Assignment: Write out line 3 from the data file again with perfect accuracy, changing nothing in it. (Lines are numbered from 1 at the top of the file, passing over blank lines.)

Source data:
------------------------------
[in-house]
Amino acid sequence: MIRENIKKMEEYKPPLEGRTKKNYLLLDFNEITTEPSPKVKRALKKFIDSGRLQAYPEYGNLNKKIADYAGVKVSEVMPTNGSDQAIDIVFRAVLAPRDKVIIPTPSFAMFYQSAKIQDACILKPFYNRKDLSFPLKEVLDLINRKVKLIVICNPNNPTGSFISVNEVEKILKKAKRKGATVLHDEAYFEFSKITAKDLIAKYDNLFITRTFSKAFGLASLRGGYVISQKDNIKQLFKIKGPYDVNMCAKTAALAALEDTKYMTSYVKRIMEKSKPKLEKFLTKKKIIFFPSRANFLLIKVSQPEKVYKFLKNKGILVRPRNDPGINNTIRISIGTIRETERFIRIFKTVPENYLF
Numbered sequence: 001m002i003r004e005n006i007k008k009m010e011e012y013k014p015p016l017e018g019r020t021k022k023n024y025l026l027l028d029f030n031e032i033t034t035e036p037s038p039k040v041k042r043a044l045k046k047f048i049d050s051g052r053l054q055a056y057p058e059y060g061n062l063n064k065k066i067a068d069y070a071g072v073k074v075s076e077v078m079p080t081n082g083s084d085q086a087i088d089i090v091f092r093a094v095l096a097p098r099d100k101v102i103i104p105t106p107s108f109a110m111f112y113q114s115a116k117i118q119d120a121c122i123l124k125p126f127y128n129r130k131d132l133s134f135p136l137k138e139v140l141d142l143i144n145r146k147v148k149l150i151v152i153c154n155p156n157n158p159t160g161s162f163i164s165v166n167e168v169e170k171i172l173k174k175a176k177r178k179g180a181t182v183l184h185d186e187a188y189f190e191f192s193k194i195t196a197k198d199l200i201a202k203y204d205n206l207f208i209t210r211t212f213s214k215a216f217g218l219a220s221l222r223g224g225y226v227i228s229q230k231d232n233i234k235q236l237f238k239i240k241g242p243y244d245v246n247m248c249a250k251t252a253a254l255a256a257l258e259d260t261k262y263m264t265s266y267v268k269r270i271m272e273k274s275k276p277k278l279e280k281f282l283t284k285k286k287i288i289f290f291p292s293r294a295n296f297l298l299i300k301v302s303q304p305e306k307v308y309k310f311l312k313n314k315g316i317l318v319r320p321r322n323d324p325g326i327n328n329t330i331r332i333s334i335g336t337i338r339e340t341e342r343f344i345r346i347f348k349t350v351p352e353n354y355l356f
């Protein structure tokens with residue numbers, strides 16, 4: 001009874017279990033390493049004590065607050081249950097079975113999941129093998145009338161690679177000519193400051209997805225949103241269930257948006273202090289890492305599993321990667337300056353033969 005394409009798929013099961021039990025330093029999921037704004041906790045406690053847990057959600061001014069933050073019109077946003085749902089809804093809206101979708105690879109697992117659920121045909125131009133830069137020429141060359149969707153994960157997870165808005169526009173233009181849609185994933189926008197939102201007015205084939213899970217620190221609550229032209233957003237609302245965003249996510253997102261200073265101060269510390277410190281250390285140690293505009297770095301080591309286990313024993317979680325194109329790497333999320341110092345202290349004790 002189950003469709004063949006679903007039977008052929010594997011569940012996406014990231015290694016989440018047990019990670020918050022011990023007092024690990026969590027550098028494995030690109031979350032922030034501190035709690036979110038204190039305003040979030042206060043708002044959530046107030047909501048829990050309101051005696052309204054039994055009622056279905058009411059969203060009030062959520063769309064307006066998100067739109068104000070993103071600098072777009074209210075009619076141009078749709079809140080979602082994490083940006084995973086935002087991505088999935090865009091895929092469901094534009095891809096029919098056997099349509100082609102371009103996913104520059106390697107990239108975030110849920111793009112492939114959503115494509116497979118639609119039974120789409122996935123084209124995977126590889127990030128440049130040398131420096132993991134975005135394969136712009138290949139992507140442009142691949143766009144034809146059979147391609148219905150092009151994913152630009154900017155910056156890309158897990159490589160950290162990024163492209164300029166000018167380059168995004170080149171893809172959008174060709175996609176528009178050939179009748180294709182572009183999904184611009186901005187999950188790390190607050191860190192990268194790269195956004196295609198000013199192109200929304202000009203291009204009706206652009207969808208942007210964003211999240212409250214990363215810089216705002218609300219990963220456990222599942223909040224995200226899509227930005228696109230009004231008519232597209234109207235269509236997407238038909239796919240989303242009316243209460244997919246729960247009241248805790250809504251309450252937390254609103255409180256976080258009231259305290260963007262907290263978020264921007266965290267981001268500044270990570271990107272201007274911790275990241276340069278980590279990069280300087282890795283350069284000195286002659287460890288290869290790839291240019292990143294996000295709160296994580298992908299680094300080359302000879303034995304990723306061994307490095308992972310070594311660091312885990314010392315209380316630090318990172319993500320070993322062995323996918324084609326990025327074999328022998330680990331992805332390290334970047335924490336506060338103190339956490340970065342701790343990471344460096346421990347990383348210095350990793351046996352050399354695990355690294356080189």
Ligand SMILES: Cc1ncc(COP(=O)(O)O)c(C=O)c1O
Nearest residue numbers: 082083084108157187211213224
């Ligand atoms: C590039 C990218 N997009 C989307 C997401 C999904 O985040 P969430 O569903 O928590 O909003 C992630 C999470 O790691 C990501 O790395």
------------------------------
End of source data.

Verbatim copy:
Numbered sequence: 001m002i003r004e005n006i007k008k009m010e011e012y013k014p015p016l017e018g019r020t021k022k023n024y025l026l027l028d029f030n031e032i033t034t035e036p037s038p039k040v041k042r043a044l045k046k047f048i049d050s051g052r053l054q055a056y057p058e059y060g061n062l063n064k065k066i067a068d069y070a071g072v073k074v075s076e077v078m079p080t081n082g083s084d085q086a087i088d089i090v091f092r093a094v095l096a097p098r099d100k101v102i103i104p105t106p107s108f109a110m111f112y113q114s115a116k117i118q119d120a121c122i123l124k125p126f127y128n129r130k131d132l133s134f135p136l137k138e139v140l141d142l143i144n145r146k147v148k149l150i151v152i153c154n155p156n157n158p159t160g161s162f163i164s165v166n167e168v169e170k171i172l173k174k175a176k177r178k179g180a181t182v183l184h185d186e187a188y189f190e191f192s193k194i195t196a197k198d199l200i201a202k203y204d205n206l207f208i209t210r211t212f213s214k215a216f217g218l219a220s221l222r223g224g225y226v227i228s229q230k231d232n233i234k235q236l237f238k239i240k241g242p243y244d245v246n247m248c249a250k251t252a253a254l255a256a257l258e259d260t261k262y263m264t265s266y267v268k269r270i271m272e273k274s275k276p277k278l279e280k281f282l283t284k285k286k287i288i289f290f291p292s293r294a295n296f297l298l299i300k301v302s303q304p305e306k307v308y309k310f311l312k313n314k315g316i317l318v319r320p321r322n323d324p325g326i327n328n329t330i331r332i333s334i335g336t337i338r339e340t341e342r343f344i345r346i347f348k349t350v351p352e353n354y355l356f